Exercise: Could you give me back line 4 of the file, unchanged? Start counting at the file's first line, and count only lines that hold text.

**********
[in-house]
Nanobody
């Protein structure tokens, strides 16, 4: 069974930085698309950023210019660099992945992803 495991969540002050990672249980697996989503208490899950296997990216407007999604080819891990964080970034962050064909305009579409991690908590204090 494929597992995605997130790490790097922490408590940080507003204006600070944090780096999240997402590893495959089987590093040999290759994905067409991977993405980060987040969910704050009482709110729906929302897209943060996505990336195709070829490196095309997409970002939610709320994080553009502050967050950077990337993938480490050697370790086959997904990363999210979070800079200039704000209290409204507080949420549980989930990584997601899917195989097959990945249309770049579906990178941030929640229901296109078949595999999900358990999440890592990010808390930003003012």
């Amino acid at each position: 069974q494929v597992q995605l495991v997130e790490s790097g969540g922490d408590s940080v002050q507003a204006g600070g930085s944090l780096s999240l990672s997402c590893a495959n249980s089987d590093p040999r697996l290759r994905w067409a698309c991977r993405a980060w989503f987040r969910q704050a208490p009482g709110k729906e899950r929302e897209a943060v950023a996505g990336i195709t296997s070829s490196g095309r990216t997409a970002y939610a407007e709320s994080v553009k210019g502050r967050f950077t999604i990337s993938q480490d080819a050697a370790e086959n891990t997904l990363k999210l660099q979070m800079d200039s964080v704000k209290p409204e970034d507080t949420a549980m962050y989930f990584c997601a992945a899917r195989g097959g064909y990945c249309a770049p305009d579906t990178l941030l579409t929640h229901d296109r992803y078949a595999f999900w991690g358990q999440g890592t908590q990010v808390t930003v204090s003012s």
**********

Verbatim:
């Amino acid at each position: 069974q494929v597992q995605l495991v997130e790490s790097g969540g922490d408590s940080v002050q507003a204006g600070g930085s944090l780096s999240l990672s997402c590893a495959n249980s089987d590093p040999r697996l290759r994905w067409a698309c991977r993405a980060w989503f987040r969910q704050a208490p009482g709110k729906e899950r929302e897209a943060v950023a996505g990336i195709t296997s070829s490196g095309r990216t997409a970002y939610a407007e709320s994080v553009k210019g502050r967050f950077t999604i990337s993938q480490d080819a050697a370790e086959n891990t997904l990363k999210l660099q979070m800079d200039s964080v704000k209290p409204e970034d507080t949420a549980m962050y989930f990584c997601a992945a899917r195989g097959g064909y990945c249309a770049p305009d579906t990178l941030l579409t929640h229901d296109r992803y078949a595999f999900w991690g358990q999440g890592t908590q990010v808390t930003v204090s003012s």